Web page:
Tonawanda News

November 19, 2012

CRITTER COMPANIONS: It's all relative: Wishing on a bone

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The Tonawanda News

Tonawanda News — While I never had a turkey, I did have the other 66 percent of the so-called turducken as pets. Ducks and chickens were definitely some of my favorites. The breeds I had ranged from the ordinary to the extreme.

Some ducks were mallard color (strangely enough called grey) and some were grey (called blue). Others had spots and some looked like bowling pins. The chickens also came in all shapes, sizes and colors. 

They were “farm birds,” but they were my pets and I would have never imagined eating them. Although, come November I would hear lots of bad jokes. What I learned from those jokes was that some people thought birds were not interesting and only meant for the table.

If not birds, then their scaly extinct relatives, are quite popular. Dinosaurs always seem to be trendy, from preschoolers to paleontologist. Maybe it is because of their mystique, size, intriguing history or their behavior. 

Dinosaurs are popular which should equate to popularity for modern birds. Did you know that turkeys are distant relatives of the tyrannosaurus rex? Like birds, dinosaurs also walked on their toes, and many dinosaurs had three toes pointing forward and one backwards. 

Since the work of paleontologist John Ostrom in 1969 there have been 90 features described which relate birds to dinosaurs. Other features include scaly legs, the ability to lay eggs, nesting behavior, thin-walled bones and a similar respiratory system and pulmonary air sacs. Another similarity is that t. rex and the bird that may be on your table both have a wish bone.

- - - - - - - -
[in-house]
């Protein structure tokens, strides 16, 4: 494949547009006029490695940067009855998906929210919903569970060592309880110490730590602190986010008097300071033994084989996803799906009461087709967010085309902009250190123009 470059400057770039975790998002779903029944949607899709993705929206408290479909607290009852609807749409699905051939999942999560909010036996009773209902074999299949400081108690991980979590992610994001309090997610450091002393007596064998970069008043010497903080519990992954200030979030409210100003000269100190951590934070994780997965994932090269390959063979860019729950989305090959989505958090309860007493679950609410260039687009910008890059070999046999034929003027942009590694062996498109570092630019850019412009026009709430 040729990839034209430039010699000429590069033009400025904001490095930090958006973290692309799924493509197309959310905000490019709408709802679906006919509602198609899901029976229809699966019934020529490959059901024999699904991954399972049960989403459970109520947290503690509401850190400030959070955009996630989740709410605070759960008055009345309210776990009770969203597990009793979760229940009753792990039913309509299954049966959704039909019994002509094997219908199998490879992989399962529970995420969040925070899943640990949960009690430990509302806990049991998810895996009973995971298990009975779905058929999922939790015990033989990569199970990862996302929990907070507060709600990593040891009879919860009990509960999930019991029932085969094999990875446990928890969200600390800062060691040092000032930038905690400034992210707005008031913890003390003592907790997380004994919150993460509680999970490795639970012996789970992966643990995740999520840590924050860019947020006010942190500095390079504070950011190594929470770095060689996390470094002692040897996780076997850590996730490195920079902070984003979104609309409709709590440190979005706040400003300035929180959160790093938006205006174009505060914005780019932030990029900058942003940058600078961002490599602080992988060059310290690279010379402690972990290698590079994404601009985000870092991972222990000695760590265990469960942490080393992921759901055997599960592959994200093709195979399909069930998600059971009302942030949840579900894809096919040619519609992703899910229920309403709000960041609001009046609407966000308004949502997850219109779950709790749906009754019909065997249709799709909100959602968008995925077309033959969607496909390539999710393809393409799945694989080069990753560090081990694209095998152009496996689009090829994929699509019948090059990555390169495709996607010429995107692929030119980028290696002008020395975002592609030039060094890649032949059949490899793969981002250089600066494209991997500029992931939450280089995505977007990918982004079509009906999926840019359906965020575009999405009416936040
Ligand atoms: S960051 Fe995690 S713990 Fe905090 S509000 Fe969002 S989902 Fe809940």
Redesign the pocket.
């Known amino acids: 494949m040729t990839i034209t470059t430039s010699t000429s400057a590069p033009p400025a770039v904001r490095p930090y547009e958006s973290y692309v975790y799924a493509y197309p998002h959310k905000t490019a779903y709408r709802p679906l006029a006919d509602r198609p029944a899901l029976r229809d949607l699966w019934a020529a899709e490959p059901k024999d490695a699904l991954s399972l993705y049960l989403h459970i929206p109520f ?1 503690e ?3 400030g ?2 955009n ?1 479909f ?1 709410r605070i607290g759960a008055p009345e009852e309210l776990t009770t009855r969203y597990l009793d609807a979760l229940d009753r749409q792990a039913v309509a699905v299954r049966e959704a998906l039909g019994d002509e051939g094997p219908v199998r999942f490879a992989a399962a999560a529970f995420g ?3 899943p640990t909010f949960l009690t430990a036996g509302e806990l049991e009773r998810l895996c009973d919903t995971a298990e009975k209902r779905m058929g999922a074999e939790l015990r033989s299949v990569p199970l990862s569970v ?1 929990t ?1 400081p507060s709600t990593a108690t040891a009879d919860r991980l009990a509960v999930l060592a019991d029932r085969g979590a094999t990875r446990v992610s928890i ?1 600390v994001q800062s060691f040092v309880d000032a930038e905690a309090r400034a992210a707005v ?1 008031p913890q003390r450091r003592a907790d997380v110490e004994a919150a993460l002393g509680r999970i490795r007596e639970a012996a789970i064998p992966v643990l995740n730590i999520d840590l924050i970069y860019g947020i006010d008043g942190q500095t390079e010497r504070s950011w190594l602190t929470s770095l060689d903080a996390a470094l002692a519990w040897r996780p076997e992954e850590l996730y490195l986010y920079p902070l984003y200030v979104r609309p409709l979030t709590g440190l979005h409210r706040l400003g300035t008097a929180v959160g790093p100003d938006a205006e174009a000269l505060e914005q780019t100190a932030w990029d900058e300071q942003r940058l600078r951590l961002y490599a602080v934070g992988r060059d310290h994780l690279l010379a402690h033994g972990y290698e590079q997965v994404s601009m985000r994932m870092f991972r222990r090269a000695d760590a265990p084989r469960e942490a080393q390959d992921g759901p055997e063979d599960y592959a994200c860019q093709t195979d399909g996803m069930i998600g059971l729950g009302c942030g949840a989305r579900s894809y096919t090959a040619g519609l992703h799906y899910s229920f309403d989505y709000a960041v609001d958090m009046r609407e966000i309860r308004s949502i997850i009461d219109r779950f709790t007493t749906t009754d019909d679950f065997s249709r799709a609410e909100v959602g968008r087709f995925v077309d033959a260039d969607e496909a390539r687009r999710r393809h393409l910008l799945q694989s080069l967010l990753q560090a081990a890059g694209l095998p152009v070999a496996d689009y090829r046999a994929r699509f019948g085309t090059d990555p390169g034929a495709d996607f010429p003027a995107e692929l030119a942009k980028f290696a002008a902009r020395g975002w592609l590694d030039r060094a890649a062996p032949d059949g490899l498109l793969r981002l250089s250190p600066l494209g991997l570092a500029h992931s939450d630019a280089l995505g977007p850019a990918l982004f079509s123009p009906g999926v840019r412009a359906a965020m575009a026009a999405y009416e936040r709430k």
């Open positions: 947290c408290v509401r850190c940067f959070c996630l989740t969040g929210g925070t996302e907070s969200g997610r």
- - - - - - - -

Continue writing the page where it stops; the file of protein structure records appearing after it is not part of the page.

At least 2,400 years ago people started playing with their food. The Etruscans, who lived in Italy (roughly modern day Tuscany), believed chickens were mediums because the hen would proclaim she would be laying an egg with a call and the rooster would crow, if a new day was coming, early in the morning.

The Etruscans would draw a board of twenty squares with one letter in each of the squares, representing their alphabet. They would place a piece of grain in each of the squares and then let a hen peck at them. A scribe would write down the letters that the hen chose and then high priests would interpret the meanings. The hen would be killed and its collarbone would be left outside in the hot sun to dry. The bone was considered sacred and everyone was allowed to hold it and make a wish, which is where the term wishbone originated from. It must be an American tradition or in the Thanksgiving spirit, that now we only allow one person to make a wish — the person with the larger half of the wishbone.

Some people believe that “I need a lucky break” or “I never get a break” originated from the breaking of the wishbone. The English heard of this ancient Roman superstition and brought it to the Americas. When they found turkeys bountiful in the woods, they changed the custom from chickens to turkeys.

Americans and turkeys seem to go hand and hand. We even invented a few turkey idioms, one of which is “cold turkey.” It dates back to at least 1910 referring to doing something without preparation, like making a cold turkey dish. Then in 1922 it referred to drug addicts trying to quit without preparation. As an addict quits there body becomes cold and their skin looks like a turkeys!

Don’t do drugs, kids.

Another U.S.-born phrase is “talk turkey.” With the exact origin unknown, it was recorded as early as 1824. The meaning of the phrase has shifted as it use to mean to talk pleasantries and now mostly means to talk about the facts and to be frank. The phrase most likely comes about through talking openly with family around the Thanksgiving table, with the turkey in the center.

So open up and let the fowl language fly around this Thanksgiving.

Kenny Coogan has a B.S. in animal behavior. Please email your questions to birdbehaviorconsultant@yahoo.com, or search for "Critter Companions by Kenny Coogan" on Facebook.